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Bureau: Only some irrigators get water
Just one-third of Project likely to have water this year
by JOEL ASCHBRENNER, Herald and News 3/14/12
Barring a drastic change in the weather, only one-third of the Klamath Reclamation Project will receive surface water for irrigation this year, officials said Tuesday.
As it stands now, enough water will be available for only irrigators with “A contracts,” those in the Klamath and Tulelake irrigation districts and the Van Brimmer Ditch Co., said Kevin Moore, spokesman with the Bureau of Reclamation’s Klamath Basin area office.
So-called “B users,” those with younger water contracts in other irrigation districts, most likely won’t receive surface water.
Significant shortages likely
“If precipitation does not increase significantly over the next few months, significant water shortages are likely during the upcoming 2012 irrigation season,” said Bureau of Reclamation area manager Jason Phillips in a letter to irrigators.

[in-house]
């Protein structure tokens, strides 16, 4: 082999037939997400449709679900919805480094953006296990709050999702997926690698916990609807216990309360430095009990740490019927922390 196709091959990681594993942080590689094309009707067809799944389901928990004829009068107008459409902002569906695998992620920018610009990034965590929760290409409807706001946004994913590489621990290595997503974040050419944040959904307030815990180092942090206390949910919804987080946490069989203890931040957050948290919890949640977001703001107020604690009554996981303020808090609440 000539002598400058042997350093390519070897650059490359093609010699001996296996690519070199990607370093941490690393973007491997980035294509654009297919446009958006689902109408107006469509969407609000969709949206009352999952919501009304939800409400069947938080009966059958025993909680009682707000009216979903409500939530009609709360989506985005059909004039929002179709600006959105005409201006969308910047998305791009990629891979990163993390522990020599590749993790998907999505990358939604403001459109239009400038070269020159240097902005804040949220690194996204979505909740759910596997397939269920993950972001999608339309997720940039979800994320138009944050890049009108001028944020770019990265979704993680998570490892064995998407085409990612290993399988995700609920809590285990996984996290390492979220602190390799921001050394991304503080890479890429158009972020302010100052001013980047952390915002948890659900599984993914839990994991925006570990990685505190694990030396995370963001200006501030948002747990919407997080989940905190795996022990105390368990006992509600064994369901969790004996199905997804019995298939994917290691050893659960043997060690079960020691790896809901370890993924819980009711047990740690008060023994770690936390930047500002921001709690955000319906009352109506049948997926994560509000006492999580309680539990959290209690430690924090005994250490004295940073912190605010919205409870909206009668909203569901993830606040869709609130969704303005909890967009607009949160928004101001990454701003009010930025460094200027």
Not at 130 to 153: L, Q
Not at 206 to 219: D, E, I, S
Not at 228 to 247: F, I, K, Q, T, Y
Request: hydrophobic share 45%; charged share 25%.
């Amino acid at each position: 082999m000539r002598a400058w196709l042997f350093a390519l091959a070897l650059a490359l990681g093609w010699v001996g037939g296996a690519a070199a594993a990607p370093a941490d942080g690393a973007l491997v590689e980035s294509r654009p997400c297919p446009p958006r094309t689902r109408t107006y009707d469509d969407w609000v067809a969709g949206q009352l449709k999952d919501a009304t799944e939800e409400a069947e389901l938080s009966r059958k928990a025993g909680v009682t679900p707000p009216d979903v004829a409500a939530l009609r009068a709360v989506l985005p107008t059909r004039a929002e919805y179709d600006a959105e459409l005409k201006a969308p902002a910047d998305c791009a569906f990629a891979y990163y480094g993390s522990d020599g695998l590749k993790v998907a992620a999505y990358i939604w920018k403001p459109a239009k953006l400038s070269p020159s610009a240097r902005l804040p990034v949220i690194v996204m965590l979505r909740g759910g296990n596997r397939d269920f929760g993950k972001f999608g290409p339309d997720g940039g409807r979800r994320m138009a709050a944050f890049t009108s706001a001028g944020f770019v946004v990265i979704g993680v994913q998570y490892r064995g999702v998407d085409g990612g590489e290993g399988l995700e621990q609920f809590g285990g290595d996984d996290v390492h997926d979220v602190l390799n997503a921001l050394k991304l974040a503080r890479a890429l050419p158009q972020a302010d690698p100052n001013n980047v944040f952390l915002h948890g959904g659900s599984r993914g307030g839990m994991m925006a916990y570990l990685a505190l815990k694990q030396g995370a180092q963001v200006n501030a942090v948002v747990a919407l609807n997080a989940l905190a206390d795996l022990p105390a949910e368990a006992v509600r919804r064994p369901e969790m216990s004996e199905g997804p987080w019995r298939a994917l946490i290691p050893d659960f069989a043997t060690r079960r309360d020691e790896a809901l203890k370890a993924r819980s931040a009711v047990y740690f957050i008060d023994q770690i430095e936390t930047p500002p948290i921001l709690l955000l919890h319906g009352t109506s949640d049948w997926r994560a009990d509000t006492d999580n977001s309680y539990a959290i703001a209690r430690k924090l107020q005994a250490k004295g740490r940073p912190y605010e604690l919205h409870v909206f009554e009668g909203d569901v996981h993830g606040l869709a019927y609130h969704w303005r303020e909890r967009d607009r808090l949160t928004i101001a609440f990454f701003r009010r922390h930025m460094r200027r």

The Bureau will have a better idea of how much water will be available in early April, Moore said. That’s when it plans to release its 2012 operations plan for the Klamath Project.
About 110,000 acres of the approximately 170,000-acre Klamath Project have “A contracts” for water, said Hollie Cannon, executive director of the Klamath Water and Power Agency.
To mitigate the expected water shortage, the agency has developed groundwater pumping and land idling programs, which, respectively, pay irrigators to pump well water or give up their water allocation for the year. Nearly 150 irrigators applied to pump well water. The deadline to apply for land idling is Friday.
“It’s our goal to get every acre wet that producers want to irrigate,” Cannon said.
Irrigators have been worried for months that 2012 would be a drought year. Snowpack in the region has not fully rebounded from an unusually dry stretch, when the Klamath Basin received virtually no precipitation between Thanksgiving and Christmas.
Many hope heavy spring precipitation will improve the water forecast and make more water available for irrigation. That’s what happened in 2010, another drought year when B users were told they would not receive water. Heavy rains in May and June of that year increased flows to Upper Klamath Lake and provided additional water for irrigators, Cannon said.


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